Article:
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cost of new/private URI schemes well known? [was: section 1, intro, for review]

From: Dan Connolly <connolly@w3.org>
Date: 19 Mar 2002 16:14:43 -0600
To: Paul Prescod <paul@prescod.net>
Cc: www-tag@w3.org
Message-Id: <1016576084.22371.234.camel@dirk>
On Mon, 2002-03-18 at 20:10, Paul Prescod wrote:
> Chris Lilley wrote:
> > 
> > ...
> > 
> > Okay, but with a flourish I can produce the URI
> > zip://atm.example.org/06902 or, worse, zip:06902 but just because
> > these now have URIs does not lessen in any way their proprietary
> > nature, and the second one is probably not dereferencable either.
> 
> Okay, but
> 
>  1. Why would anyone do such a thing? People know that non-HTTP URI
> schemes have a massive barrier to acceptance.

Ha!

er.. ahem...

Would that it were so.

As maintainer of an index of URI schemes,
  http://www.w3.org/Addressing/schemes
I can tell you, they don't. I can't even
keep up with all the crazy new URI
schemes I hear about.


I went looking into why mozilla parsed
	irc://irc.openprojects.net/rdfig
as a relative URI, and found that they
treat new URI schemes potatoe chips: "crunch
all you want. We'll make more."

KDE likewise.

Mozilla has since cleaned up their act a little;
I know they fixed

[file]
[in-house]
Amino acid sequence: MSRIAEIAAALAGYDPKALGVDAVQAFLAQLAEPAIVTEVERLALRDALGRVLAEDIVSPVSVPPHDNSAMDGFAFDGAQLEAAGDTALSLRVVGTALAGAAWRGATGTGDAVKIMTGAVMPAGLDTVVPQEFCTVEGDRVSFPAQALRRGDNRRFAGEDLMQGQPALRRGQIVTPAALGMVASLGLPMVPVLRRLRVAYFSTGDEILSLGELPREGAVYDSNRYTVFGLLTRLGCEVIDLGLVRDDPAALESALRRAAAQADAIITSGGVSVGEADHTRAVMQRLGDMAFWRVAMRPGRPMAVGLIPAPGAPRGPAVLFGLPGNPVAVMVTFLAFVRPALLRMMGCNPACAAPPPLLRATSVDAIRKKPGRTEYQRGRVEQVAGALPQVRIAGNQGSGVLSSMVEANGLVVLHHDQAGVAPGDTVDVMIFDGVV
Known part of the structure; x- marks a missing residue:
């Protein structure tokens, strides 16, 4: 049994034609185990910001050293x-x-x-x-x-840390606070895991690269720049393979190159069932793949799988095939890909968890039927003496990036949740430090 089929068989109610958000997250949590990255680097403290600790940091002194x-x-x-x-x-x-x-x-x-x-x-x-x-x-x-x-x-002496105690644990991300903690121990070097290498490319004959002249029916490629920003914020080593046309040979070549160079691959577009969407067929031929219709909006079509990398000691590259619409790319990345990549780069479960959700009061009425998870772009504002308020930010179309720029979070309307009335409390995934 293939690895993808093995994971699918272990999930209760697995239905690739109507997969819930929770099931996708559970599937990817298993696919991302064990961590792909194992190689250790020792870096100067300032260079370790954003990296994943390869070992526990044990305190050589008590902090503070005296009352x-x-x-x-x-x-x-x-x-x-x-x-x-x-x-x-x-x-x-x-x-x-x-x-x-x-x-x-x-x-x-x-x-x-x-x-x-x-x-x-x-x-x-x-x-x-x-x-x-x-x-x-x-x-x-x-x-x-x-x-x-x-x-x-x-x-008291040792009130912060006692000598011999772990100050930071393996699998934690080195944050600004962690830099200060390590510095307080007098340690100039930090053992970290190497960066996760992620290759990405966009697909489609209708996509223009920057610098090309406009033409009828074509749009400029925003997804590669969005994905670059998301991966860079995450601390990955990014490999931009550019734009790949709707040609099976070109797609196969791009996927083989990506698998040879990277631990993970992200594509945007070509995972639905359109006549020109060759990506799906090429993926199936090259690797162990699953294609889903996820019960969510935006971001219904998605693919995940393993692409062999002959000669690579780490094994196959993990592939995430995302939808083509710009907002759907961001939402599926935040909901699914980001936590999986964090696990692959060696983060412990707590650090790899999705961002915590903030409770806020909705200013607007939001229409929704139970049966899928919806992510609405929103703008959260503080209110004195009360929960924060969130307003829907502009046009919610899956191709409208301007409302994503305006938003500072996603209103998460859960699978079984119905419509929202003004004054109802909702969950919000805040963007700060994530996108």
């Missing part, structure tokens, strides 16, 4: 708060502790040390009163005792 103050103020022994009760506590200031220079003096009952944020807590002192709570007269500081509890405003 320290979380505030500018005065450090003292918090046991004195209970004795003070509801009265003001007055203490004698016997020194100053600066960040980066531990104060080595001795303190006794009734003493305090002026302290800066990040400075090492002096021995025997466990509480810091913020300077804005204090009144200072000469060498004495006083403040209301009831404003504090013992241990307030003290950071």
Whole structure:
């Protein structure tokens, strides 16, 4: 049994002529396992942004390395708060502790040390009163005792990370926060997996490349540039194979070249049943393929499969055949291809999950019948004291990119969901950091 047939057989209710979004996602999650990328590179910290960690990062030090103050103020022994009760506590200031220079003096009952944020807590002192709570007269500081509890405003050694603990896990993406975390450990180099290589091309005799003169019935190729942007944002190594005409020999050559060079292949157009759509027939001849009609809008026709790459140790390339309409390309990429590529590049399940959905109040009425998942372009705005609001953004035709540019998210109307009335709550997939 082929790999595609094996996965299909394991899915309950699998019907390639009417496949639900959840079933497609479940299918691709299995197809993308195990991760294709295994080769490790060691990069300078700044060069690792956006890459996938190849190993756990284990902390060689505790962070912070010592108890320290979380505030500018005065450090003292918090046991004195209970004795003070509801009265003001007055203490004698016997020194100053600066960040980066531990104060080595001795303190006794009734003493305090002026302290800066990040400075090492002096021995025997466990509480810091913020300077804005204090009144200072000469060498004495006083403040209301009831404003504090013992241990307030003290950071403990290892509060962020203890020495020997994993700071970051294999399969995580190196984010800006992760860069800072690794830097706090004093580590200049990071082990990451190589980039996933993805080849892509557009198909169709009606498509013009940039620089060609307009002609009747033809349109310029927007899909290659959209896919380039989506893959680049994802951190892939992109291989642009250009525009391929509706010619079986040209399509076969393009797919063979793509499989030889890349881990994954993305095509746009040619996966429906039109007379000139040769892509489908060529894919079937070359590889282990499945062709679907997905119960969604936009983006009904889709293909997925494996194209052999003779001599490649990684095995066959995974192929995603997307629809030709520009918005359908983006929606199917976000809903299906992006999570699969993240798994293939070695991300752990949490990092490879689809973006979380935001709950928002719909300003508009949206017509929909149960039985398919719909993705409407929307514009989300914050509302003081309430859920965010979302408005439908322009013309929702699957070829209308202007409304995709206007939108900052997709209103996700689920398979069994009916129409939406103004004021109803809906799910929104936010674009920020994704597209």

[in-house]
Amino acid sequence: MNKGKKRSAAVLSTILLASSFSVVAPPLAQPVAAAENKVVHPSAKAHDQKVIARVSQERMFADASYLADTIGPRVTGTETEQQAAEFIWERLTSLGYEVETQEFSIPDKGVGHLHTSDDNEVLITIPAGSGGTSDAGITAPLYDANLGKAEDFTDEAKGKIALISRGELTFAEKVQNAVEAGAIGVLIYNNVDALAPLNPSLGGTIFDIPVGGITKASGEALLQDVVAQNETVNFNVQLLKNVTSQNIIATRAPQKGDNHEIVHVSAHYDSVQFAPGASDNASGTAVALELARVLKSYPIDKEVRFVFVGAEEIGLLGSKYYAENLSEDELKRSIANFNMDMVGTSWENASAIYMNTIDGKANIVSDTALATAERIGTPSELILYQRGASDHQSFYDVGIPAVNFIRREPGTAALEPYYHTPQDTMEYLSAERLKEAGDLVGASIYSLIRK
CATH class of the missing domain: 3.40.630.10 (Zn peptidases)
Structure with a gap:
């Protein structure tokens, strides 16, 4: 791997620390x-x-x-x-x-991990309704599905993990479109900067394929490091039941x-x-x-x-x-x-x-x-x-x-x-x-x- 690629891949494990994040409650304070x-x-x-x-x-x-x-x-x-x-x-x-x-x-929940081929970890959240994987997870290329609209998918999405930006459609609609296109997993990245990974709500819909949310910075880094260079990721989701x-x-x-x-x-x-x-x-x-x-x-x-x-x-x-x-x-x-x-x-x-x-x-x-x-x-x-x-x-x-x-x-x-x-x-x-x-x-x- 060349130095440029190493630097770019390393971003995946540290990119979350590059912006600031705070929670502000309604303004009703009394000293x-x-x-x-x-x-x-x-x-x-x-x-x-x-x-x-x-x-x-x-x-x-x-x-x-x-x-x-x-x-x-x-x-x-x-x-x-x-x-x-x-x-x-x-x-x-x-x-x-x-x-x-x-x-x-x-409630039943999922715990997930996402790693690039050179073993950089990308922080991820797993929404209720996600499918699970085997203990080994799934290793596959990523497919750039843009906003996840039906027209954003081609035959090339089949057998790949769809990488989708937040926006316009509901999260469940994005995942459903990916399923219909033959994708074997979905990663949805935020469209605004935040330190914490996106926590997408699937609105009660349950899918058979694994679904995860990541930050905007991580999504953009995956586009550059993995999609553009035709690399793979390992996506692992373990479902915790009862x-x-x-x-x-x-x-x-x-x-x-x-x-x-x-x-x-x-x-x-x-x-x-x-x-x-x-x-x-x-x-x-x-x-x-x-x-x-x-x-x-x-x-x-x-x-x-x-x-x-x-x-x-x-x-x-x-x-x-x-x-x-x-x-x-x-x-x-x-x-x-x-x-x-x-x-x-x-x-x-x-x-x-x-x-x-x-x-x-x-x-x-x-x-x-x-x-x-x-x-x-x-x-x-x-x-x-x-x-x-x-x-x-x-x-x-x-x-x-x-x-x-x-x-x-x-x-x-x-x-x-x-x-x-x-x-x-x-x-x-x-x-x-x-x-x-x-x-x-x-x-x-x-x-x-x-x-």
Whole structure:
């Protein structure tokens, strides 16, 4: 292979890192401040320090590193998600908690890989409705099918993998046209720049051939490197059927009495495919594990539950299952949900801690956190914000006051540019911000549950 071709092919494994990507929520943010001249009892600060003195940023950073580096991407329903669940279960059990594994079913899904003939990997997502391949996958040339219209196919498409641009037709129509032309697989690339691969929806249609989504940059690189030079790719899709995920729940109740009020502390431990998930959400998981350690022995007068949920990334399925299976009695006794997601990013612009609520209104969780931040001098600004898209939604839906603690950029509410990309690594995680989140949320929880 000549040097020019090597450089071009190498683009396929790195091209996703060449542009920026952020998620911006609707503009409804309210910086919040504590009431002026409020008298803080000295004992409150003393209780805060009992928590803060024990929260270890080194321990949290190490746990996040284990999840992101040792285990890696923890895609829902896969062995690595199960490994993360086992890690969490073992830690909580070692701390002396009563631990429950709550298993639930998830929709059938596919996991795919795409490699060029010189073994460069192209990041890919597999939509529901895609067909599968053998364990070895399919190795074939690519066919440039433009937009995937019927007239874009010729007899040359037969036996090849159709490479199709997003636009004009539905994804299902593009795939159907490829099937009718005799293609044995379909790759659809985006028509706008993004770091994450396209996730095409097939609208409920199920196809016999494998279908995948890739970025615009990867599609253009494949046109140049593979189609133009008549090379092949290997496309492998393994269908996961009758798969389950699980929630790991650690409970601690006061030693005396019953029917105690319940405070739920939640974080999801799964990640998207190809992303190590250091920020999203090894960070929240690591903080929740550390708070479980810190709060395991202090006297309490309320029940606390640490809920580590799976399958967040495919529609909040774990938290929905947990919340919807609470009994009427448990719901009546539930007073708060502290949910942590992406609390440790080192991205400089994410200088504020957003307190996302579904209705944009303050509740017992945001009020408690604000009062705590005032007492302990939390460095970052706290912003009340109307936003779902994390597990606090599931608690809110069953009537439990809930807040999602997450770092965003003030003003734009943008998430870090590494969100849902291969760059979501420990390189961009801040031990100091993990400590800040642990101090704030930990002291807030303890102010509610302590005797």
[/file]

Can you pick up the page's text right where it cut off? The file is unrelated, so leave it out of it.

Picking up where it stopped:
http://bugzilla.mozilla.org/show_bug.cgi?id=2110

I haven't looked into KDE in a while.

Nor have I checked whether this persists:

  To the question "how many private URL schemes are there?," the
  answer was given that there were perhaps 20-40 in use at
  Microsoft, with 2-3 being added a day; WebTV has 24, with
  6/year added. Maybe others have similar number of schemes.

  -- minutes of the
  Uniform Resource Locator Registration Procedures (urlreg) WG meeting
  at the 39th IETF Meeting in Munich, Bavaria, Germany, Aug 1997
  http://www.ietf.org/proceedings/97aug/transit97aug-30.htm


You might think that these schemes are just private and
they don't matter. But then try using one in an HTML
document from the web, say:

	<a href="about:plugins">...</a>

and you'll quickly realize that it is an interoperability
issue: nobody else can use about: without bumping
into mozilla/netscape's use of it.

Then there's stuff like opaquelocktoken: and DAV:
that went all the way thru the IETF standards
process without much consideration of the cost
of real-estate in the URI scheme list.
(which, I suppose, is not really all that high,
in this case...)

Norm/Stuart/Ian, please let's add something to
section 2 on naming about the costs of
new URI schemes. Maybe it doesn't fit
in the one-page version, but before
we'er done elaborating, please let's.

By way of suggested text, see:

  The danger of too many accesses schemes
	in
  http://www.w3.org/DesignIssues/Model.html

-- 
Dan Connolly, W3C http://www.w3.org/People/Connolly/
Received on Tuesday, 19 March 2002 17:14:15 GMT

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